The surprising tale of our winter moths
Not one of the five or six overwintering butterfly species usually venture out in the winter, they usually safely tucked up in hibernation. So it may be surprising that out of the four hundred moths in the UK, 11 are considerably more active in the winter months.
The most notable of these moths is the small winter moth, named that way because it usually flies between November and February. This is the moth that can be seen fluttering around headlights at night or sat on the outside of window frame in a lit room at night. Sadly these are in steep decline and are less frequently seen. Only the males have wings and the female is a grub-like insect that cannot fly and over time has degenerated into a mere stubby vestiges in which their sole purpose is to lay eggs. She sits in a tree trunk wafting pheromones into the air which in turn attracts the males to fertilise her.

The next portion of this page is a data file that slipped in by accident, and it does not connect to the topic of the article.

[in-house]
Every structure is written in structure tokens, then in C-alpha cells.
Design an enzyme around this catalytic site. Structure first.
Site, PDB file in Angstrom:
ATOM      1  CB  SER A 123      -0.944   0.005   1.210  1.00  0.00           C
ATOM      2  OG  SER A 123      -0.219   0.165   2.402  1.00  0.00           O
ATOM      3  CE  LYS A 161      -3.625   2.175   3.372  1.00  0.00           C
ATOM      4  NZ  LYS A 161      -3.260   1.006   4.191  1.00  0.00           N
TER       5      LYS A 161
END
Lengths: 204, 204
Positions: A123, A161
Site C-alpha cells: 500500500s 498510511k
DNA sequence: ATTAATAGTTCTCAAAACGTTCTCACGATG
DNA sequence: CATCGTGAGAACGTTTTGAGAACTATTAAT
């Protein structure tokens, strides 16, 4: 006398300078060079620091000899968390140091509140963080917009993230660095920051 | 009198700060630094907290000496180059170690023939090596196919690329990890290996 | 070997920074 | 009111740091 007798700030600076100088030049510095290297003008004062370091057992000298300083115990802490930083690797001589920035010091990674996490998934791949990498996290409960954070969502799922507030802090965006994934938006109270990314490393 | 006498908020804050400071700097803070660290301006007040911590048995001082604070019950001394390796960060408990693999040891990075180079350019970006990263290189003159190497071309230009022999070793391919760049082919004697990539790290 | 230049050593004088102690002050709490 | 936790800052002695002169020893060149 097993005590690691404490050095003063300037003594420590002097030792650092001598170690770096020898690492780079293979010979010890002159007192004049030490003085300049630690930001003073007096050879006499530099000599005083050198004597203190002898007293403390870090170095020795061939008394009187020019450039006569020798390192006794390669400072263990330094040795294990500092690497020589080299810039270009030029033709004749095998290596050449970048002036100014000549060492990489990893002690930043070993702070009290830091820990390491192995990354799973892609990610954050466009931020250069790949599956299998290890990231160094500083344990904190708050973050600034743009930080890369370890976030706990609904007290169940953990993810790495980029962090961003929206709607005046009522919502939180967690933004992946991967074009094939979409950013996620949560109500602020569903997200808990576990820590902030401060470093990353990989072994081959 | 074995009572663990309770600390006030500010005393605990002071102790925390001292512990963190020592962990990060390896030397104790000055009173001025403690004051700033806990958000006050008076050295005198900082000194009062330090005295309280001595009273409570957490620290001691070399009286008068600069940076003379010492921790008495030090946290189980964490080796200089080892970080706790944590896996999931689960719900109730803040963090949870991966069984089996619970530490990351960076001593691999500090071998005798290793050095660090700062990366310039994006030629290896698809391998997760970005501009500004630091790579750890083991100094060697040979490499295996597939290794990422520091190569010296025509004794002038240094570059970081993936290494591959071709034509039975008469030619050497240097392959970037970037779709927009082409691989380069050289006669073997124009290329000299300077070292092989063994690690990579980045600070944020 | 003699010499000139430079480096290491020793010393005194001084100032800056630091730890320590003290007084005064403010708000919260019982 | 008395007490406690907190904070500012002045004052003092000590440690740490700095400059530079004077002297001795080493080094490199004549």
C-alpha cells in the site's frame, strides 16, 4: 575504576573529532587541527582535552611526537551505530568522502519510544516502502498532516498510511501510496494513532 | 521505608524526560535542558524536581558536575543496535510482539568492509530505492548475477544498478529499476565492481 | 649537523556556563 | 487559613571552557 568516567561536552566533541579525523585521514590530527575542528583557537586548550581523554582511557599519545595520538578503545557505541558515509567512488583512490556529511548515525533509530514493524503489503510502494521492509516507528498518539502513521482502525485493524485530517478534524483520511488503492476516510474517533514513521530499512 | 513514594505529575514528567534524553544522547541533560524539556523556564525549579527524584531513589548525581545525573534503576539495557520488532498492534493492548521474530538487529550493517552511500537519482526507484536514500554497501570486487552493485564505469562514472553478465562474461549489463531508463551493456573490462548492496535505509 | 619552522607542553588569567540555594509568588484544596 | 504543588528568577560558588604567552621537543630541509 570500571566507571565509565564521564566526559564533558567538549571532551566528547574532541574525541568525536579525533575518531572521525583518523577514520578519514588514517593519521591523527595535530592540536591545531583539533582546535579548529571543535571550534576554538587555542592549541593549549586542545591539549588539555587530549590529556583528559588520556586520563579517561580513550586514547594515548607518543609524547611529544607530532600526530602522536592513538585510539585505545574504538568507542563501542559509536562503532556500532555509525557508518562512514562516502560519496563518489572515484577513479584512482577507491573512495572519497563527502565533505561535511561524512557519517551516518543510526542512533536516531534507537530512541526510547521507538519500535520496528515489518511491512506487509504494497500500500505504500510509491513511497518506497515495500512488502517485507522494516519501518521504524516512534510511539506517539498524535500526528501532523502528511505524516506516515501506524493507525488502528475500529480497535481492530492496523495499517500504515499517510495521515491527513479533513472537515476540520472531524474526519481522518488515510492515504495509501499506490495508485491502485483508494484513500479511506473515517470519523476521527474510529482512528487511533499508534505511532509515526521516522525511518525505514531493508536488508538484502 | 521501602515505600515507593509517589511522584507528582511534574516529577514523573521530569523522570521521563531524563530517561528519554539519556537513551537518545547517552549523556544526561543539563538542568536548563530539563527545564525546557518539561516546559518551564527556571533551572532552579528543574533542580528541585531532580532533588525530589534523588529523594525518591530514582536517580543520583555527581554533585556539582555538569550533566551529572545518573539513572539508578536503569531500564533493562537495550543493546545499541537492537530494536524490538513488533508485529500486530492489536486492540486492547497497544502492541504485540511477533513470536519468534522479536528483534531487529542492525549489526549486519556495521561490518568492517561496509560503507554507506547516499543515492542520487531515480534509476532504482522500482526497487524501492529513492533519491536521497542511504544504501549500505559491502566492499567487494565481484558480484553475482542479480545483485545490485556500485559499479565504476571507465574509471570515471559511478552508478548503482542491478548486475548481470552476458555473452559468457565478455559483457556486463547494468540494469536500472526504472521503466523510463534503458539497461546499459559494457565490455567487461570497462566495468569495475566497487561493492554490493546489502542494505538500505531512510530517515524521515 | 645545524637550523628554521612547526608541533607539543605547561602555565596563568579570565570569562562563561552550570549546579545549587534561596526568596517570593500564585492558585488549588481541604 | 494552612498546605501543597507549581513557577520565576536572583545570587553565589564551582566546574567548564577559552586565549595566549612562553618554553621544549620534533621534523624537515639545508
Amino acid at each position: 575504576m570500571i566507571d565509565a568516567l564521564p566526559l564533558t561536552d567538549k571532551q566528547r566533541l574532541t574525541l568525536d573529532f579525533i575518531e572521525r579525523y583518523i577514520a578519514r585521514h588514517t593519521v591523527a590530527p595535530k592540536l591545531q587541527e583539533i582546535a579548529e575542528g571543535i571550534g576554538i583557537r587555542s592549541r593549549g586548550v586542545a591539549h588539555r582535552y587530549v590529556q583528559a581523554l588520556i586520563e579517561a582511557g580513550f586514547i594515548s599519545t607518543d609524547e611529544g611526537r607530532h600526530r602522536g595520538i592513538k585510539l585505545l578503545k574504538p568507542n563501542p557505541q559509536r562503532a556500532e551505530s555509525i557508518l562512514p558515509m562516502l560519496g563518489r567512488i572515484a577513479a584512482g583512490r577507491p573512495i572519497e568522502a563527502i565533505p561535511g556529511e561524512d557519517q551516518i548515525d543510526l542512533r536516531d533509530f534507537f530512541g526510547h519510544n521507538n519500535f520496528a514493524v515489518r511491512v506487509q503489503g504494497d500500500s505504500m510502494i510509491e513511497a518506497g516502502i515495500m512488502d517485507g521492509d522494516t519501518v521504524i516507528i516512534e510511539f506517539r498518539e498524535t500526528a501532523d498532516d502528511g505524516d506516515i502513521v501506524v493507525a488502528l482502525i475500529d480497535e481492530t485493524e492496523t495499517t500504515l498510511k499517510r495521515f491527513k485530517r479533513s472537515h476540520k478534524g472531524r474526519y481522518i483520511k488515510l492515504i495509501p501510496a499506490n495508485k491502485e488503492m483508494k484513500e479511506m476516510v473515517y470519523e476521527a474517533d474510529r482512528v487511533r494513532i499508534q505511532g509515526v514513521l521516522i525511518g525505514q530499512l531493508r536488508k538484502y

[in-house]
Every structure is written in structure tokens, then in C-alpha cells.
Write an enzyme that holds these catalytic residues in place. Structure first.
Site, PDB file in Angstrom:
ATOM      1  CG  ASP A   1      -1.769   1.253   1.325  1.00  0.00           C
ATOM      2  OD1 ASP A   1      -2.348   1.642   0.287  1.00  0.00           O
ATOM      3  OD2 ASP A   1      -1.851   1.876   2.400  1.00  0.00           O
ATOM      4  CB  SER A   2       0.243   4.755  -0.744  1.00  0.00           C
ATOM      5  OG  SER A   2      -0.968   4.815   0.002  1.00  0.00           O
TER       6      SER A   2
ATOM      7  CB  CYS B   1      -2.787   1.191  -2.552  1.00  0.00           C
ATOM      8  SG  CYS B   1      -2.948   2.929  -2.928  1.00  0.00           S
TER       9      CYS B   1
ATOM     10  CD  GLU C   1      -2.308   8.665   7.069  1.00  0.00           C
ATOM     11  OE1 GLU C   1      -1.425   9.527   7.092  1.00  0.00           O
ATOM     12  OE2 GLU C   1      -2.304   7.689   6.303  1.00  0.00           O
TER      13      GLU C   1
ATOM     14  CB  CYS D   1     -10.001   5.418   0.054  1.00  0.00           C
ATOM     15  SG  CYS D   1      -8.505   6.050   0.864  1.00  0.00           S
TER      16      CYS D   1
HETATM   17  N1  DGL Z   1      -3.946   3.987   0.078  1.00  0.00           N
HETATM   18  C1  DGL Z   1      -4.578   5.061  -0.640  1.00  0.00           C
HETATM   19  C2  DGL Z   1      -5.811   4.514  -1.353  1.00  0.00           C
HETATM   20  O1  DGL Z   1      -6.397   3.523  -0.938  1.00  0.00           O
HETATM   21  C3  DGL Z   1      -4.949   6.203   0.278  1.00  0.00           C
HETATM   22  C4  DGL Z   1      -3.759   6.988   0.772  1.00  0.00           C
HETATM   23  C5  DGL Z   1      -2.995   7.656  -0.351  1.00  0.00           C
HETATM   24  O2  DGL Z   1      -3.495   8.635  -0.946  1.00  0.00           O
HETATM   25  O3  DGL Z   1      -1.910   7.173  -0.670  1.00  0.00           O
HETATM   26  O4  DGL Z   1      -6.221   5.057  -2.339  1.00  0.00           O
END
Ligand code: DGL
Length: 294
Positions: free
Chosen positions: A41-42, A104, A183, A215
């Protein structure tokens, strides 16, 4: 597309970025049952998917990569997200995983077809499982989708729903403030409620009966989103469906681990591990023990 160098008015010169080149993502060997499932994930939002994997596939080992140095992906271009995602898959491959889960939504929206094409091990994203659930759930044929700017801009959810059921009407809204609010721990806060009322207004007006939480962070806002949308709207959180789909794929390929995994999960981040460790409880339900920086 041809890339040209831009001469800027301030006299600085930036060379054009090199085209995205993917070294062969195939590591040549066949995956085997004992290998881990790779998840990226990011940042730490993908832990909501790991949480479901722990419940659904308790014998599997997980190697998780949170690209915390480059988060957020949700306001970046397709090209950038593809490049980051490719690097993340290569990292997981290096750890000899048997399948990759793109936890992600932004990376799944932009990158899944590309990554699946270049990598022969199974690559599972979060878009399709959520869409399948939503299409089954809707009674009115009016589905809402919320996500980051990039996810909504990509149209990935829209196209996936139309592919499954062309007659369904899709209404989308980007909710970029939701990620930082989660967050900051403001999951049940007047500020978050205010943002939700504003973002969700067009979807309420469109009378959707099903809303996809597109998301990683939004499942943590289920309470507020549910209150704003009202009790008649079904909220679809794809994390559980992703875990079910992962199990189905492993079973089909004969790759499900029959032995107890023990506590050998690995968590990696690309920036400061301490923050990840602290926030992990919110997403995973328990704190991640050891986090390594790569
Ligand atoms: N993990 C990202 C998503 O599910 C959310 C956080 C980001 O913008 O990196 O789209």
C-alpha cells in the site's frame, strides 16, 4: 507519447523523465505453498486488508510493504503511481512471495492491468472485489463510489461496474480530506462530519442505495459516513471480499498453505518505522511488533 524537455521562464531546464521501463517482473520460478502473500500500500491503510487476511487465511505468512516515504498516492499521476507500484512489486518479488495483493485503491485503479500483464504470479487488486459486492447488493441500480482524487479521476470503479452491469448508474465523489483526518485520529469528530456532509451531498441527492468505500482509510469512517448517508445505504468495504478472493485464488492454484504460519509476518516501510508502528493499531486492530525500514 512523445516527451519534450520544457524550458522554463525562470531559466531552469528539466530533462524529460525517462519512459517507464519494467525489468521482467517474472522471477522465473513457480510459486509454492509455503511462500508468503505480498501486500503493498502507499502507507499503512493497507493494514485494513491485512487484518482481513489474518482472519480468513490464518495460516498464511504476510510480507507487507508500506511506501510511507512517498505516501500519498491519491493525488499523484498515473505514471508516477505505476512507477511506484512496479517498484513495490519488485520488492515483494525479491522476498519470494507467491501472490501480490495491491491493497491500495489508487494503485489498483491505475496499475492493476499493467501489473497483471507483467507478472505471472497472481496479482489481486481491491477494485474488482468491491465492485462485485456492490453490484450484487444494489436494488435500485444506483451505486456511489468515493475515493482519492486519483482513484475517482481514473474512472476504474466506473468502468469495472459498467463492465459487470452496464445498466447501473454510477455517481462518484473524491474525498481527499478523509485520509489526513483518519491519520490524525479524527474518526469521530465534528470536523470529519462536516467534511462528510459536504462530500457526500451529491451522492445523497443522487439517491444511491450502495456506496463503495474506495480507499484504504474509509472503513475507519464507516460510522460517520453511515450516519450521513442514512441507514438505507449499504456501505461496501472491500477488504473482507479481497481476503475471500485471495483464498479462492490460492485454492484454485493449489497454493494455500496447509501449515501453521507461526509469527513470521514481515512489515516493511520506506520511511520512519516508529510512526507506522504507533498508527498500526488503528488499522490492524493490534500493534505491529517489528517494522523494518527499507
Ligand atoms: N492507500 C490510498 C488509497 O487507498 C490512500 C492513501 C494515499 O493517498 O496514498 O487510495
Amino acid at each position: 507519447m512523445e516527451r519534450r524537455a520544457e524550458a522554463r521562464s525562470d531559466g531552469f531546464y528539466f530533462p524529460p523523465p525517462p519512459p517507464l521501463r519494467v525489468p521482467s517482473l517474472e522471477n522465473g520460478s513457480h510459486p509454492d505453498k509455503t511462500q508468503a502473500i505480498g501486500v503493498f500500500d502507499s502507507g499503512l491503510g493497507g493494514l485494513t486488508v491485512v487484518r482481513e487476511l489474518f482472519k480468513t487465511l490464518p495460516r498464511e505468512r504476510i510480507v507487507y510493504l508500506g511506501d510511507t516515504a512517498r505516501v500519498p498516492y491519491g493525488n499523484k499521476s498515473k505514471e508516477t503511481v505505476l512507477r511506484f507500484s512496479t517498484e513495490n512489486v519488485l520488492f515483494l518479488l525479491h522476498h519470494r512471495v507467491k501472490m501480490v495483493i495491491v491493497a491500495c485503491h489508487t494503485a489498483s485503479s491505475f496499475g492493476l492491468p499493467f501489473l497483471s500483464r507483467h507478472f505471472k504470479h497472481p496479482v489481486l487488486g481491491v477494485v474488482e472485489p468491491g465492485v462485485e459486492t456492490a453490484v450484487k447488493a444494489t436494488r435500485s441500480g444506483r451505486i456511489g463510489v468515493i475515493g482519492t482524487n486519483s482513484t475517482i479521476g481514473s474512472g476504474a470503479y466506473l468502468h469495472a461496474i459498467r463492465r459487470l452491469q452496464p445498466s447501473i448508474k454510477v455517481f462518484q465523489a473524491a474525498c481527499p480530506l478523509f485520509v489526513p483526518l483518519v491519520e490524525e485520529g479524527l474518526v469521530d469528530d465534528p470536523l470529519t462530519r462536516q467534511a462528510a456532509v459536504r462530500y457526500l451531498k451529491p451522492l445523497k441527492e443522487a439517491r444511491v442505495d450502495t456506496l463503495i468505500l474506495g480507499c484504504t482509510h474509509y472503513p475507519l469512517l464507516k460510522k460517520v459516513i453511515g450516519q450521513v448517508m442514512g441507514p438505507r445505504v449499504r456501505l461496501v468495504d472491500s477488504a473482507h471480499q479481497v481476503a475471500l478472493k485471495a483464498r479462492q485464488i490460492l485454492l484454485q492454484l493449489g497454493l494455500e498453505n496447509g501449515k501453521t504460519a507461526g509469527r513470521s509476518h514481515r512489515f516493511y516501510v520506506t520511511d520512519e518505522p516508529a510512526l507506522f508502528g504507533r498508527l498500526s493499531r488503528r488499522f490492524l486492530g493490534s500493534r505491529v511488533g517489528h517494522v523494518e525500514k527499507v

The winter flying moths are all relatively dull and brownish or grey as there is no need to be brightly coloured at night. Nearly all of the females are wingless and hardly move.
Some of the species of winter moths have rather interesting names including: pale brindled beauty; spring usher; juniper carpet and dotted border.